Our continually hurtling media in all its forms makes it hard for memories to sustain past news shocks. How many Americans are bothered that the new head of the CIA, John Brennan — after many years of deep involvement there in the agency's torture policy, all documented by many reporters, including this one — is now tracking Americans for "association" with terrorists while continuing secret CIA "renditions"?
And despite the tremendous national impact of Sen. Rand Paul's 13-hour filibuster speech, how much of its startling details even registered for long? Meanwhile, the Republican from Kentucky was teaching many of us what we never realized — on just how subservient we are becoming to the state.
As I wrote last week, Paul said he was concerned that Americans targeted for suspected terrorist ties would be destroyed in America itself. He revealed in an editorial in The Washington Times: "The president said, 'I haven't killed anyone yet, and I have no intention of killing Americans. But I might'" ("Rising in defense of the Constitution," Rand Paul, Washington Times, March 8).
I have a complete transcript of Paul's 13-hour speech, including his follow-up to this presidential contempt for the separation of powers: "What if the president were to say, 'I haven't broken the First Amendment yet; I intend to follow it, but I might break it.'"
Later, Paul said: "Presidents, Republican and Democrats, believing in some sort of inherent power that's not listed anywhere ... For a hundred years or so, power's been gravitating to the president — and the executive branch."
And dig this from Rand Paul: "One of the complaints that you hear a lot of times in the media is about there is no bipartisanship in Congress. (But) if you look at people who don't really believe in much restraint of government as far as civil liberties, it really is on both sides."
So, "Republicans and Democrats (also) vote overwhelmingly against the Constitution giving Congress the power to declare war.
"The Constitution gave it to us (the people)," Paul emphasized, "but we are giving it back."
Also, on the question of bipartisanship, he adds: "The bipartisanship that we have now, which many in the media fail to understand, they see us not getting along on taxes and on spending, but they fail to understand that on something very important, on whether an individual has a right not to be restrained indefinitely, there is quite a bit of partisanship, usually in the wrong direction."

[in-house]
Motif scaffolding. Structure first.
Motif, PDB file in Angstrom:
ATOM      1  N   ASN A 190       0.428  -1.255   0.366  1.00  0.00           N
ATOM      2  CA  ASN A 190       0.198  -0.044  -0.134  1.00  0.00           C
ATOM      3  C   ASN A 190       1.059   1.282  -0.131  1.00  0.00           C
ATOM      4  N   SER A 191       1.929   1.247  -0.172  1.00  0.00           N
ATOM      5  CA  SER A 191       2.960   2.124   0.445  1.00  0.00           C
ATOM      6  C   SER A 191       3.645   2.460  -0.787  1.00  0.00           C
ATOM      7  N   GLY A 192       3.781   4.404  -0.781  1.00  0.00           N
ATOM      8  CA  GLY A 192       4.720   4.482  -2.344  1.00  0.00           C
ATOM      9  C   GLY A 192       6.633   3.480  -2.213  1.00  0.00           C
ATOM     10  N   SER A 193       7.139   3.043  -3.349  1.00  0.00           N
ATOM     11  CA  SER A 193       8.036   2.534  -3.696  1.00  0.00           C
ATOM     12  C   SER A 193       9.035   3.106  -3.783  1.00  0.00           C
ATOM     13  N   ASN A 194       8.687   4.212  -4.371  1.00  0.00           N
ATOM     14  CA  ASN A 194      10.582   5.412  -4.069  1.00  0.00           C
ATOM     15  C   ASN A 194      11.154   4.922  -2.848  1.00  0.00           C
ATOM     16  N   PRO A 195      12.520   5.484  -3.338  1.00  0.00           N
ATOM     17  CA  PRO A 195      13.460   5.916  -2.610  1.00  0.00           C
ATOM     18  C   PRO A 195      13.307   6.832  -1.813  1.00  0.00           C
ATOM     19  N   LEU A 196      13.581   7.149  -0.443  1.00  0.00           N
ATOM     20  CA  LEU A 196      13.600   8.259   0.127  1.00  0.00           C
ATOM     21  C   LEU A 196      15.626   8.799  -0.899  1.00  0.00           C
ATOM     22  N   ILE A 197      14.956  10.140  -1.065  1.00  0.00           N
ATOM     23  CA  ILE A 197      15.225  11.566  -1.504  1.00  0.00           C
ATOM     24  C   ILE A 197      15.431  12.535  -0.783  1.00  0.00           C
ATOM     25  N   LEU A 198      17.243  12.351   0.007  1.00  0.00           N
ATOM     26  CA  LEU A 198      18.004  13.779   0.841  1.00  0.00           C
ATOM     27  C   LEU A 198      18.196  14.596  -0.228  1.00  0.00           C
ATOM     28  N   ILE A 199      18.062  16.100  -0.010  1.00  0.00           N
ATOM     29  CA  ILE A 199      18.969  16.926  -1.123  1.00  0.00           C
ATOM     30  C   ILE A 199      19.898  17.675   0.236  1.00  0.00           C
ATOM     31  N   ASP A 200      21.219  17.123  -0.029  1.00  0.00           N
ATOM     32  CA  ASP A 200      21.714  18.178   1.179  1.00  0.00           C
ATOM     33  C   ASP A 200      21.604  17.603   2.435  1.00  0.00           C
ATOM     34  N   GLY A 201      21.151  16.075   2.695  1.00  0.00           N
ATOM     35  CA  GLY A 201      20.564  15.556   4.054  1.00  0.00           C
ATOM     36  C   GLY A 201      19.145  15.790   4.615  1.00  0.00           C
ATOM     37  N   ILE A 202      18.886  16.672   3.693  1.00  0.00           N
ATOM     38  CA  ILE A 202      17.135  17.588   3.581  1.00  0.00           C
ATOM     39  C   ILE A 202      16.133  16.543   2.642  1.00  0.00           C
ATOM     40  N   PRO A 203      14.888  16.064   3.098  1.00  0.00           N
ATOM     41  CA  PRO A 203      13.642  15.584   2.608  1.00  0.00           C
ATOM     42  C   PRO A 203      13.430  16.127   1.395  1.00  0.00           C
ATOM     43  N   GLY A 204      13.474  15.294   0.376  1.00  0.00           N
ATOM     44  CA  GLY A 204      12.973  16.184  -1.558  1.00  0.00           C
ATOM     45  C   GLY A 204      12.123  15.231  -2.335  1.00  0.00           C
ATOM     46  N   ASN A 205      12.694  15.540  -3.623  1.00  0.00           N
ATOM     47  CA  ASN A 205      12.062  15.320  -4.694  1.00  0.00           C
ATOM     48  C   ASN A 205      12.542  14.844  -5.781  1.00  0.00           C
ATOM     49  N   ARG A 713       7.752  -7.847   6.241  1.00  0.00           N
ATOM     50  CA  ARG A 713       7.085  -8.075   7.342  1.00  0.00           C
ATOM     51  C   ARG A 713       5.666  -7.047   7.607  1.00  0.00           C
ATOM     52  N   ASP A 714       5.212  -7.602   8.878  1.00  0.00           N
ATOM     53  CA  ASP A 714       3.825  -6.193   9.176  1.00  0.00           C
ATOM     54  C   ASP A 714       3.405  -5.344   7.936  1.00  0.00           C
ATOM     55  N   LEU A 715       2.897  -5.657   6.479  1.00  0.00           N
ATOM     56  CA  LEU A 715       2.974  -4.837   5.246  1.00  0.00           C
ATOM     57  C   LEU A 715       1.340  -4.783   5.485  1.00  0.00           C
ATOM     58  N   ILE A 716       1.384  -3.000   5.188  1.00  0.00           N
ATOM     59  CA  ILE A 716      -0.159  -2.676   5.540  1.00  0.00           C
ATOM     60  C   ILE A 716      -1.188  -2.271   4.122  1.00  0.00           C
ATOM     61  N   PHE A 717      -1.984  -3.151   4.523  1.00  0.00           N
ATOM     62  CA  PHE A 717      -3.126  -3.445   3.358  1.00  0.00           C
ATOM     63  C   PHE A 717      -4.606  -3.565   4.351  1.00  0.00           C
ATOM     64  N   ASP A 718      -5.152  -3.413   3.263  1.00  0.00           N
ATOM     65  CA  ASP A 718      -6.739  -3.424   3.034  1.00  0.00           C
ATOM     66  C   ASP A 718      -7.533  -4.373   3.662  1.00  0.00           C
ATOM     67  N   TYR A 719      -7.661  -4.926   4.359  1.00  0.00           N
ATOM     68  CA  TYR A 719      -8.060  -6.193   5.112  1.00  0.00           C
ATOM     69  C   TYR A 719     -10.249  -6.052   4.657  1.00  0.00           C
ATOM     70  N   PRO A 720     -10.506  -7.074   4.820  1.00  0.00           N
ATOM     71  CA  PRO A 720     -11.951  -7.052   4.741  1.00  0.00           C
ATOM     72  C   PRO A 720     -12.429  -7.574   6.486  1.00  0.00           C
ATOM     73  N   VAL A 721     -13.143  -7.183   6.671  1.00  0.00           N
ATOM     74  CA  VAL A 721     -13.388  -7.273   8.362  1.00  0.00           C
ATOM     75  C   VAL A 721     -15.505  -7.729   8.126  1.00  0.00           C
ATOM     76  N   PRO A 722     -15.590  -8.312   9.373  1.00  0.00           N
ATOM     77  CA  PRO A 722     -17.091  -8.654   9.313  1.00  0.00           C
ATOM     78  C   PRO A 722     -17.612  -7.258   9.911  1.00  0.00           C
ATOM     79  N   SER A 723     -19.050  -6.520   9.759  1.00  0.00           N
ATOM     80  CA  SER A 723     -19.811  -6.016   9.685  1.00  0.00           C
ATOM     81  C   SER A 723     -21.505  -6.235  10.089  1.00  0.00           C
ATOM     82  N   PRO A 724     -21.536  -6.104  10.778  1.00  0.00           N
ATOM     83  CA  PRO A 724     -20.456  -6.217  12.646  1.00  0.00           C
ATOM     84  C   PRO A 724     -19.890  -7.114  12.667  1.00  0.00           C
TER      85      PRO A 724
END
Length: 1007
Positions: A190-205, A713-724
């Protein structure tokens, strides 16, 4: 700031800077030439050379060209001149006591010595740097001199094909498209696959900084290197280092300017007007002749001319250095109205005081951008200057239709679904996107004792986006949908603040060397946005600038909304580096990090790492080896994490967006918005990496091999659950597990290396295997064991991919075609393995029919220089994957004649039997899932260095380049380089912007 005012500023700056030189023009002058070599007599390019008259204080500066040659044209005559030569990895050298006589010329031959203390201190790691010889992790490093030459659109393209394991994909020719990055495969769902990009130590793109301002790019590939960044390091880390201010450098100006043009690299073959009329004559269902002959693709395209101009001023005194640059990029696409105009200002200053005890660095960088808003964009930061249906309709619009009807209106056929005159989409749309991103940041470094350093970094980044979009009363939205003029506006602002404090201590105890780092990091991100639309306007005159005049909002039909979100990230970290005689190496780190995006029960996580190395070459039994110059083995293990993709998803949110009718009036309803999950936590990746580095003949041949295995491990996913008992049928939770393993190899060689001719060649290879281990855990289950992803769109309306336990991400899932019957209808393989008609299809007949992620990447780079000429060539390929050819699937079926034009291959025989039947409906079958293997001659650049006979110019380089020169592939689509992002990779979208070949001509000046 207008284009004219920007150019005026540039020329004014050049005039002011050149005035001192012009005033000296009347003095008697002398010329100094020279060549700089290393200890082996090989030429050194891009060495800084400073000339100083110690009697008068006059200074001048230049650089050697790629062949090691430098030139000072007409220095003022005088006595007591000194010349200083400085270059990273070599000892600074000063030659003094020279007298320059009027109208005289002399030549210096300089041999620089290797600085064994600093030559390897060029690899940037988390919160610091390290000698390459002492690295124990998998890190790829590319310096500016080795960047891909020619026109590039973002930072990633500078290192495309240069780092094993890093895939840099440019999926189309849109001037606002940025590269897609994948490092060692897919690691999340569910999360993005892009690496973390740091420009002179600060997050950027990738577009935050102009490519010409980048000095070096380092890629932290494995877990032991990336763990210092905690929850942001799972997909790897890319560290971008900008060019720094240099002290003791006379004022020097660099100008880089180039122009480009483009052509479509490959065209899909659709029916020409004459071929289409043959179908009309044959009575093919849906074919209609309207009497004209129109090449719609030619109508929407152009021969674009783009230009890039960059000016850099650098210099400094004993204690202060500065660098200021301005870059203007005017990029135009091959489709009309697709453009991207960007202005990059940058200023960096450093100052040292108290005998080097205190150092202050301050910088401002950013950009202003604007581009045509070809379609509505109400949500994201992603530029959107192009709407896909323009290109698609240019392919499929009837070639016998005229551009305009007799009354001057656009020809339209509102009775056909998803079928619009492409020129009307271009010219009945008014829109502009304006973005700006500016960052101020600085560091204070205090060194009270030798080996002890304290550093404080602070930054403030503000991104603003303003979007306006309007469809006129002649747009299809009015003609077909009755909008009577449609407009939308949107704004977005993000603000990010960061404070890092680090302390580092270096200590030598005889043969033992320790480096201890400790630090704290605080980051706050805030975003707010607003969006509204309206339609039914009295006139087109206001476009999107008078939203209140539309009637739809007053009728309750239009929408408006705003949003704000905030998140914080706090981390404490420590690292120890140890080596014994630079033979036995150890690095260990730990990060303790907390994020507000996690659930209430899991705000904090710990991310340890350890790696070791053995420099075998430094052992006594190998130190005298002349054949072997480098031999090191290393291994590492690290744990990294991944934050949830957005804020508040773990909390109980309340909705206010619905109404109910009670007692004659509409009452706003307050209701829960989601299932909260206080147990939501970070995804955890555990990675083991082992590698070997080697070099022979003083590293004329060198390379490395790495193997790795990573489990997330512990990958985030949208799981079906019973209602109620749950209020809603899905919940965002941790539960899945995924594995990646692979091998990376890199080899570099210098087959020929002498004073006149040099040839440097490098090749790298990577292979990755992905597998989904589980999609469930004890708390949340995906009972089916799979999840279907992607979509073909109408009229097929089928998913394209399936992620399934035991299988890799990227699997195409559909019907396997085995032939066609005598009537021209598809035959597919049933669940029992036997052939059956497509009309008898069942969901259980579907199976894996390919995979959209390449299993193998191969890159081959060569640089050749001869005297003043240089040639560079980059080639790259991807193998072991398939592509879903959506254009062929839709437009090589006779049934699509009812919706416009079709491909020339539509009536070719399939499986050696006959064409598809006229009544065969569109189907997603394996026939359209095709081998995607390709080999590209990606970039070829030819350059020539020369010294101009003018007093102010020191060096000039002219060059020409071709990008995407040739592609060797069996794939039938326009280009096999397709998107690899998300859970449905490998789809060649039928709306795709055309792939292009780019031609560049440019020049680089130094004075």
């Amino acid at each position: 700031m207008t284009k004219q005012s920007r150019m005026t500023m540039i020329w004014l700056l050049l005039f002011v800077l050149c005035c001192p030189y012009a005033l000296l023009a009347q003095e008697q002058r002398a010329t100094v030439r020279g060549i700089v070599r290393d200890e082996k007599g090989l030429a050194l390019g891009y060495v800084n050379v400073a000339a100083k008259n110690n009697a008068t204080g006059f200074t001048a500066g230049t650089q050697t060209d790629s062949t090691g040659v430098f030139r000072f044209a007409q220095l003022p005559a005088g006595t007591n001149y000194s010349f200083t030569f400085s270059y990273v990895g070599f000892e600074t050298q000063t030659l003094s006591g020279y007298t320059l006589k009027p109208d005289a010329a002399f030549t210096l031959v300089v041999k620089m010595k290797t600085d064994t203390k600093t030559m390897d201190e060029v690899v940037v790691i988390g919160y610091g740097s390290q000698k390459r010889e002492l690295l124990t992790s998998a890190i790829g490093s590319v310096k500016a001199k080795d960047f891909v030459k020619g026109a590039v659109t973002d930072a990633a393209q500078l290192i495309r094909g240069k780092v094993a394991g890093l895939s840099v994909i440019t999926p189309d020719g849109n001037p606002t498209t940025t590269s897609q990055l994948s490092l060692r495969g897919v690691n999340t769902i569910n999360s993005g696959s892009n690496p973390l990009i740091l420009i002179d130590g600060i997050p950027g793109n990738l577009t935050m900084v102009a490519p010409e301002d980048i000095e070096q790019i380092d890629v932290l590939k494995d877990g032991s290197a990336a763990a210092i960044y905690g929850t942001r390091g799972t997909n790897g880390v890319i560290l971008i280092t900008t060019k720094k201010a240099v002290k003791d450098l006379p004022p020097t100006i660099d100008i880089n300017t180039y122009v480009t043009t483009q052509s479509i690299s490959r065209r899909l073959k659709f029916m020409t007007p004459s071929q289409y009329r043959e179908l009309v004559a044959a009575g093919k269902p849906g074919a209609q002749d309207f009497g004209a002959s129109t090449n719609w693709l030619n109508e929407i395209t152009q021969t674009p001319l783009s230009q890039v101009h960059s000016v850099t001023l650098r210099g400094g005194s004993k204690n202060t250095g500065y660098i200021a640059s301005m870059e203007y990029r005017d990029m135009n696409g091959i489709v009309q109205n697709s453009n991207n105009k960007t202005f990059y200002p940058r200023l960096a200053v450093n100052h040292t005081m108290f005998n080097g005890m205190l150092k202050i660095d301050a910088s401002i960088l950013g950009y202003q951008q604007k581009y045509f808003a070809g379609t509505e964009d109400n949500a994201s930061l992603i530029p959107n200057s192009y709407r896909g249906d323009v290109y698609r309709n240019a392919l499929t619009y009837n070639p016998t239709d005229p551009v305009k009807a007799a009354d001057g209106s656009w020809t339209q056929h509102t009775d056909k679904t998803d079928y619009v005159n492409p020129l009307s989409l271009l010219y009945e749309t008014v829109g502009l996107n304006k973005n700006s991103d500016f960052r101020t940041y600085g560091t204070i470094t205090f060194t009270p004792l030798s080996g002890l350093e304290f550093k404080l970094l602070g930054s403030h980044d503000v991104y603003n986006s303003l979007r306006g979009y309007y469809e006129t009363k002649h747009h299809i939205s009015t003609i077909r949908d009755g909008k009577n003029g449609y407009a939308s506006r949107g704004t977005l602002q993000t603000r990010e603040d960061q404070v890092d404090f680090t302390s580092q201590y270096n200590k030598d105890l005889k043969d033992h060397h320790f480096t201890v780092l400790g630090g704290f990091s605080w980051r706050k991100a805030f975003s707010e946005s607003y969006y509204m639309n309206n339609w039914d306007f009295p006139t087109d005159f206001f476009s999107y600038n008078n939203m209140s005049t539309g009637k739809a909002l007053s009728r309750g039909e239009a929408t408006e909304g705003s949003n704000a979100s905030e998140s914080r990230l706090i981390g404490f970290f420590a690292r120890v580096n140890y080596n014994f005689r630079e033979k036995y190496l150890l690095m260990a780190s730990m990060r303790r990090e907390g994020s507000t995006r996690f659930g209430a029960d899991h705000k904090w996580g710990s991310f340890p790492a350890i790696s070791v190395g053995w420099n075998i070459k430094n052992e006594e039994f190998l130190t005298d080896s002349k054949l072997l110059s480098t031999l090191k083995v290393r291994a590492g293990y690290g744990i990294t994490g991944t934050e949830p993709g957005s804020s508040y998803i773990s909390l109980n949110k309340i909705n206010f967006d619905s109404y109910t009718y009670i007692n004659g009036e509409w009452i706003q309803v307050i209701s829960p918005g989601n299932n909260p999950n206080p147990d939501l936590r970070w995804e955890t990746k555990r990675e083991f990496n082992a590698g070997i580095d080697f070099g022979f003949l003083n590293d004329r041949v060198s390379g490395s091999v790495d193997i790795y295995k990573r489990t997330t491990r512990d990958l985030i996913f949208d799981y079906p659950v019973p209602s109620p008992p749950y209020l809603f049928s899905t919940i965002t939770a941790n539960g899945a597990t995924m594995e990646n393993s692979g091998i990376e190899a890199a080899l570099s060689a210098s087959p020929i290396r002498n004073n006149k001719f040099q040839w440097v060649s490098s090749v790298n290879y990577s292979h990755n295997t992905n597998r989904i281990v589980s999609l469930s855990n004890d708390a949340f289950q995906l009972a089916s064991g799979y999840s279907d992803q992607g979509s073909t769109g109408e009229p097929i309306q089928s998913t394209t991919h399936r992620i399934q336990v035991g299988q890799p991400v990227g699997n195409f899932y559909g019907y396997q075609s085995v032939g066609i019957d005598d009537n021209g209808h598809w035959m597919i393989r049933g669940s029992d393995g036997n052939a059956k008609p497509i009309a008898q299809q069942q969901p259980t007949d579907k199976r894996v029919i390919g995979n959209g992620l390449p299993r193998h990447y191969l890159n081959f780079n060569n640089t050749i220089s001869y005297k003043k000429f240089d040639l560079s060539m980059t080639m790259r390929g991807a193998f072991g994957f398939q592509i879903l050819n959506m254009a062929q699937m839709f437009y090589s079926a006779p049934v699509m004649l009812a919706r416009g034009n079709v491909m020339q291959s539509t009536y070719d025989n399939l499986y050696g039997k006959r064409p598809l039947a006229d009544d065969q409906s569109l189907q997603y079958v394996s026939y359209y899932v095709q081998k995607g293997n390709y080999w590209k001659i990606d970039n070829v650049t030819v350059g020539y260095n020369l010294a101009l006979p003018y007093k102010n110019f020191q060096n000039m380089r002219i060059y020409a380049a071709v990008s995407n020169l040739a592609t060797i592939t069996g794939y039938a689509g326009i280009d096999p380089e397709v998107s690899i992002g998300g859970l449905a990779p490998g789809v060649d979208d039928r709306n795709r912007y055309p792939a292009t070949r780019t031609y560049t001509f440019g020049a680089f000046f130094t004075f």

How about a Citizens' Teacher of the Year Award to Rand Paul? Or at least something that gets teachers who know enough about constitutional rule of law to discuss his illumination of Americanism in their classrooms.
An awful lot keeps getting debated about Obamacare — in bars, restaurants, by hospital patients and among doctors — but during those 13 hours, Paul added this very troubling dimension to what is going to affect the health care of more and more of us, whether young or an octogenarian, as I am:
"When we passed Obamacare, it was 2,000-some-odd pages. There have been 9,000 pages of regulations written since. Obamacare had 1,800 references that the Secretary of Health shall decide at a later date. We (the people) gave up that power. We gave up power that should have been ours, that should have been written into the legislation. We gave up that power to the executive branch ... many of whom we call bureaucrats, unelected."
Since some of those bureaucrats, who have never examined us as patients, will soon be telling us that our doctors' treatment of us is too expensive, how angry are we at giving away our power to maybe live longer?
How many voting Americans know and care about this Rand Paul regeneration of the Constitution, as it can affect our very lives?
He told us: "Your government was given a few defined powers (by the Constitution), enumerated powers ... But your liberties are many ... When you read the Ninth and Tenth Amendments, it says that those rights not explicitly given to government are left to the states and the people. They're yours, not to be disparaged."
How many Americans are familiar with the Ninth and Tenth Amendments — or have read them at all?
Perhaps you remember this from a congressman to Paul during his 13-hour speech:
"They say the United States is the battlefield (against terrorism) now ... This battlefield being here at home means you don't get due process at home ... Is that what we're moving toward?"
Paul got more penetratingly specific: "The question is, if the government is going to decide who are sympathizers (with terrorists), and people who are politicians with no checks and balances are to decide who is a sympathizer, is there a danger really that people who have political dissent could be included in this?"
The answer is in the database records of the FBI and state and local police intelligence divisions.
The ACLU and other non-partisan civil liberties and human rights organizations should set up continuing debates around the country that are rooted in Paul's revival of the Bill of Rights and other now-somnolent parts of the Constitution.
But also, the growing number of active civics classes I've been reporting on in schools around the country should bring Paul into the lives and intentions of these students who are learning to be authentic, informed Americans.
And Rand Paul himself, in addition to now campaigning for the presidency in 2016, should start visiting schools and getting students to learn how this patriot suddenly regenerated American values that they can continue strengthening throughout their lives as citizens.